NEW YORK - As millions of residents in the Northeast braced for a powerful blizzard set to sweep across the region, states announced travel bans and the suspension or reduction of public transit, thousands of flights were grounded, and officials urged people to leave work early before heavy snow and high winds would make travel treacherous.
"This will most likely be one of the largest blizzards in the history of New York City," Mayor Bill de Blasio said on Monday afternoon. He announced schools would be closed Tuesday and ordered all drivers off the roads by 11 p.m. Monday.
Cities big and small along the Philadelphia-to-Boston corridor of more than 35 million people began shutting down and bundling up Tuesday against a powerful and potentially historic storm that could unload 1 to 3 feet of snow.
Officials urged residents to stay safe and prepare early as the region's transportation systems prepared to grind to a halt. Four states -- New York, New Jersey, Connecticut and Massachusetts -- have declared a state of emergency, hours before the worst of the storm hit large metropolitan areas.
More than 5,500 flights were canceled, schools and businesses planned to close early, and cities mobilized snowplows and salt spreaders, getting ready for a dangerously windy blast that could instantly make up for what has been a largely snow-free winter in the urban Northeast.
Snow was already falling in several cities, including Philadelphia and New York, with Boston up next in the afternoon. Forecasters said the brunt of the storm would hit Monday evening and into Tuesday.
Boston is expected to get 2 to 3 feet, New York 1.5 to 2 feet, and Philadelphia a foot or so. The National Weather Service issued a blizzard warning for a 250-mile swath of the region, meaning heavy, blowing snow and potential whiteout conditions.
In Hartford, Connecticut, Frank Kurzatkowski filled several five-gallon buckets of water at his home in case the power went out and his well pump failed.
"I've got gas cans filled for my snowblowers," he said. "I have four-wheel-drive."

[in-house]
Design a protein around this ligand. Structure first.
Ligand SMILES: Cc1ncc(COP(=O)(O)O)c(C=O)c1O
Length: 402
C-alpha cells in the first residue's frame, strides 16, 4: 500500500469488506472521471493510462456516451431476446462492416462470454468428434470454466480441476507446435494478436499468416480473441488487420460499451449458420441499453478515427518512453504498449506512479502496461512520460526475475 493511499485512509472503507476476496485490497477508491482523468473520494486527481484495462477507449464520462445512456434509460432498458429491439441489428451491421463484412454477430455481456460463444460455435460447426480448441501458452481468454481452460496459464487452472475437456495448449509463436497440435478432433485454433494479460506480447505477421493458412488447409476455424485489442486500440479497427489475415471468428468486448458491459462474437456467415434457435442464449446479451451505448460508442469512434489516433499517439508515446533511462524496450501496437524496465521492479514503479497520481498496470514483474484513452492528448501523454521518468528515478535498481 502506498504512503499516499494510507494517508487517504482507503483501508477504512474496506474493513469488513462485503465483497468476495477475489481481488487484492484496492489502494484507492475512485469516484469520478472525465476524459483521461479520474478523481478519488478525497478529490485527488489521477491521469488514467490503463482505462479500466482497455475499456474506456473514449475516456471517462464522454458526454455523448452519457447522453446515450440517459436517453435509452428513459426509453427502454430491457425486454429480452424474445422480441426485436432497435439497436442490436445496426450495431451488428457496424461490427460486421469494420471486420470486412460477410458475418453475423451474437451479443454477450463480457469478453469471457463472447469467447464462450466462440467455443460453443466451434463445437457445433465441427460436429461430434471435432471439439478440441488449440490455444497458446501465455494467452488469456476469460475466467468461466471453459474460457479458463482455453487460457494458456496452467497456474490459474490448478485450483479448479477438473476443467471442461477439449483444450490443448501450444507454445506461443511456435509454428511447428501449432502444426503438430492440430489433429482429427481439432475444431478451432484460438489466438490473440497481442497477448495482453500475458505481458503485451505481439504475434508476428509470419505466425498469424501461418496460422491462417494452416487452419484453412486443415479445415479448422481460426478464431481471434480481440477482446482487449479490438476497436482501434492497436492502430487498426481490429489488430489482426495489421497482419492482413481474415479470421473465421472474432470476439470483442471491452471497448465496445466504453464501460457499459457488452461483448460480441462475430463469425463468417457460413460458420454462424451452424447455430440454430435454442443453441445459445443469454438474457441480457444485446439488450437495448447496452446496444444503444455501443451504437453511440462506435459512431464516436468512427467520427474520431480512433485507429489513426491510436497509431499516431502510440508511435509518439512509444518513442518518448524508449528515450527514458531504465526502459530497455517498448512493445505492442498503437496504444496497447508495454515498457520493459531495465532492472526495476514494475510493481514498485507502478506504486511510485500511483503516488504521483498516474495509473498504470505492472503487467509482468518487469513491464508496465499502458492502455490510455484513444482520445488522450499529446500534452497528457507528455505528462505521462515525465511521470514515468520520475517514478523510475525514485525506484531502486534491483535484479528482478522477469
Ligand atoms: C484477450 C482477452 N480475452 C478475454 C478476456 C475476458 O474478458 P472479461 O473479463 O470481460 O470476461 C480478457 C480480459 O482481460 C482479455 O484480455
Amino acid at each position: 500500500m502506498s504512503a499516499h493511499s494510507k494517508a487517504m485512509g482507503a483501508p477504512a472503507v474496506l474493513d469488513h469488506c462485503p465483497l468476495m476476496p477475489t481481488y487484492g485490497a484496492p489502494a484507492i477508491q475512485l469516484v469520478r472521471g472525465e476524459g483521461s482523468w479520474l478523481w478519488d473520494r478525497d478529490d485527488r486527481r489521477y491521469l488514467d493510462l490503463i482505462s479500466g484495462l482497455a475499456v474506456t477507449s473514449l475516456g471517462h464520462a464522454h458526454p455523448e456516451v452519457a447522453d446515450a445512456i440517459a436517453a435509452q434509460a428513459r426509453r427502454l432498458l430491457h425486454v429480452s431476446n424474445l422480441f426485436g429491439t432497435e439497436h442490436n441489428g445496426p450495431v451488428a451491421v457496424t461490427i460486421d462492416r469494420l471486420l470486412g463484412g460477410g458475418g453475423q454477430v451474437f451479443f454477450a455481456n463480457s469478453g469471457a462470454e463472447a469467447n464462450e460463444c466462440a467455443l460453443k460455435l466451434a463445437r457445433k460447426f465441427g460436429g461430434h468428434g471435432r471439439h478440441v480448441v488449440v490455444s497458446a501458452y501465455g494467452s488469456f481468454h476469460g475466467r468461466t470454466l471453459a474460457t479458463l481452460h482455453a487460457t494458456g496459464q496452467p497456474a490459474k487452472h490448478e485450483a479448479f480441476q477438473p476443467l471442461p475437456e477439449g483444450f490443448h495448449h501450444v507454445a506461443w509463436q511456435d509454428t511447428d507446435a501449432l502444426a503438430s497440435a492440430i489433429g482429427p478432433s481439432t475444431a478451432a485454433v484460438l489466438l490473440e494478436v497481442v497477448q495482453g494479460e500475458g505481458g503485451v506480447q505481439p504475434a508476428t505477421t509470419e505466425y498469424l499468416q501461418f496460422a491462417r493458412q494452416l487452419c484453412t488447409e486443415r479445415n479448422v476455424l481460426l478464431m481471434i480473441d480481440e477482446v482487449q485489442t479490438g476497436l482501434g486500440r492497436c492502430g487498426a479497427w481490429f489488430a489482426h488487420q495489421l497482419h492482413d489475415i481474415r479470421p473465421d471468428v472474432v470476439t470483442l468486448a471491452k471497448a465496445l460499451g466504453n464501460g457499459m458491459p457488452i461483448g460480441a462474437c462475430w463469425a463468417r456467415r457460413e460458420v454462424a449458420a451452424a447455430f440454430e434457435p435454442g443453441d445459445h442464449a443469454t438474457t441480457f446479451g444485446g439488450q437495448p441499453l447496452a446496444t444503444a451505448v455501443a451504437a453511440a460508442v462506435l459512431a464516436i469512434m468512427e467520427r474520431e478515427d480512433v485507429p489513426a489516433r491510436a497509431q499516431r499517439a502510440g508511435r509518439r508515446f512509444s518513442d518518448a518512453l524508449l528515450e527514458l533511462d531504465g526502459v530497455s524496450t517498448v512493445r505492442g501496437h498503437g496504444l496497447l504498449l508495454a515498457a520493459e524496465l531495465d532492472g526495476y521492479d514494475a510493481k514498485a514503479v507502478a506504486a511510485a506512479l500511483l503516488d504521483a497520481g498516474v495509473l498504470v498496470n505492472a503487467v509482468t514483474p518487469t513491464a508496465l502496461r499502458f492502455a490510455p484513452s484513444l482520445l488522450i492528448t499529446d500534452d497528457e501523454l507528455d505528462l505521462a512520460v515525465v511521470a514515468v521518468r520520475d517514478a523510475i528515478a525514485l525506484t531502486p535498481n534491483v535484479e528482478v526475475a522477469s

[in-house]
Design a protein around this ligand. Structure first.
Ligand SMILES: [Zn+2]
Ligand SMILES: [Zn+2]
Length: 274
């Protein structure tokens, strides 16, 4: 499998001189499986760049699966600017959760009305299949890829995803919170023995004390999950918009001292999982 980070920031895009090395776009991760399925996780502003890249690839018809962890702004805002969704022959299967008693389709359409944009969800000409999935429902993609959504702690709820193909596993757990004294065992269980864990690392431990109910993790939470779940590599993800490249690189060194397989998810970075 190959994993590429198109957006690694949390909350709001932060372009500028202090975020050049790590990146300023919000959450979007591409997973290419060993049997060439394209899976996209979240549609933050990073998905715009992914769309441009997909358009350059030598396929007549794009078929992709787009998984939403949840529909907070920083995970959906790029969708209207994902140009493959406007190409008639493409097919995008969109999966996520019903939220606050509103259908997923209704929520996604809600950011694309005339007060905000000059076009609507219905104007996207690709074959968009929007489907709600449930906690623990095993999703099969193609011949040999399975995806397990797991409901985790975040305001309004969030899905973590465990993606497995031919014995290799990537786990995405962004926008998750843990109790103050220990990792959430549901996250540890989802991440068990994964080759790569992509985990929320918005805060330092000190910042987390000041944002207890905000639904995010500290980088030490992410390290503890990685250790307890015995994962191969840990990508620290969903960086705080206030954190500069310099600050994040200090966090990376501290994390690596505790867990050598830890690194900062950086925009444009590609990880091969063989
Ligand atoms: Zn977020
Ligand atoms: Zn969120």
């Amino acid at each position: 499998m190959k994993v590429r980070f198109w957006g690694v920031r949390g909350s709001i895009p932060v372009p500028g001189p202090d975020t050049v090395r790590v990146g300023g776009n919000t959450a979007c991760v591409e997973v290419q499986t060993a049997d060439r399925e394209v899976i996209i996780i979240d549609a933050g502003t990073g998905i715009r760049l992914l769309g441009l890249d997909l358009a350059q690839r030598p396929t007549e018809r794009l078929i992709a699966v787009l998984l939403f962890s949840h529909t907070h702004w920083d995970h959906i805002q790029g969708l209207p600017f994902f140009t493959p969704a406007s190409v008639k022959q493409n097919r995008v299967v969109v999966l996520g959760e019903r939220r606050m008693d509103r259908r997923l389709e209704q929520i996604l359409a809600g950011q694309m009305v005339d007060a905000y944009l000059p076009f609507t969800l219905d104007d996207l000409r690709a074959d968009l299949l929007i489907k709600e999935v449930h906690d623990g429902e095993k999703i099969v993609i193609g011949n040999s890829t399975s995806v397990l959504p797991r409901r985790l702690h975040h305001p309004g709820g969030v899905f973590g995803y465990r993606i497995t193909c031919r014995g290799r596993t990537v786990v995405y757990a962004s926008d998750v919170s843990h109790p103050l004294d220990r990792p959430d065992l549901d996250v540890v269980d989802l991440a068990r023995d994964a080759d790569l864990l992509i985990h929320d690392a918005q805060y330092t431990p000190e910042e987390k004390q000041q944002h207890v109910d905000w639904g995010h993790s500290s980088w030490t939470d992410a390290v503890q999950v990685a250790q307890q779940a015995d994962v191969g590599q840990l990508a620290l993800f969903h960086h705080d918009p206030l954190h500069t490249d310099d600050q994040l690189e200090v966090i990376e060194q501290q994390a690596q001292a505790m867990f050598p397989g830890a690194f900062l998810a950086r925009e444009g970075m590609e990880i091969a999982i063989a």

Supermarkets and hardware stores did a brisk trade as light snow fell in New Jersey.
Nicole Coelho, 29, a nanny from Lyndhurst, New Jersey, was preparing to pick up her charges early from school and stocking up on macaroni and cheese, frozen pizzas and milk at a supermarket. She also was ready in case of a power outage.
"I'm going to make sure to charge up my cellphone, and I have a good book I haven't gotten around to reading yet," she said.
Connecticut Gov. Dannel P. Malloy ordered a travel ban on Connecticut highways starting at 9 p.m., while officials in other states asked residents to avoid any unnecessary travel. About half of all flights out of New York's LaGuardia Airport were called off Monday, and about 60 percent of flights heading into the airport were scratched.
Boston's Logan Airport said there would be no flights after 7 p.m. Monday, and the shutdown could last until late Wednesday.
Massachusetts Gov. Charlie Baker warned residents to prepare for roads that are "very hard, if not impossible, to navigate," power outages and possibly a lack of public transportation. Wind gusts of 75 mph or more were possible for coastal areas of Massachusetts, and up to 50 mph farther inland, forecasters said.
New Jersey Gov. Chris Christie said he had declared a state of emergency, and that government offices would be closed on Tuesday, with early closures on Monday.
"This is a different kind of storm than what we've had before," Christie said.
New York Gov. Andrew Cuomo urged commuters to stay home on Monday and warned that mass transit and roads could be closed before the evening rush hour, even major highways such as the New York Thruway and the Long Island Expressway. Cuomo said the New York City subway system is going to start experiencing limited service around 8 p.m., and it may shut down as the storm worsens.
"The expression is, they want to put the trains away," Cuomo said.
New York City Mayor Bill DeBlasio said the streets of the city will become off-limits to all non-emergency vehicles beginning around 11 p.m. ET. He urged New Yorkers to stay home and out of the way. A total of 2,400 sanitation workers will be deployed around the city to continuously clear its 6,000 miles of roadways, DeBlasio said.
Broadway theaters, however, are keeping their doors open - at least for now - as a blizzard bears down on Times Square. The Broadway League says all shows are scheduled to go on Monday, a traditionally quiet night with only a few shows available. No firm decision about Tuesday has been made.
The United Nations announced it was closing it's Manhattan headquarters on Monday at 2:30 p.m. ET, and all of Tuesday.
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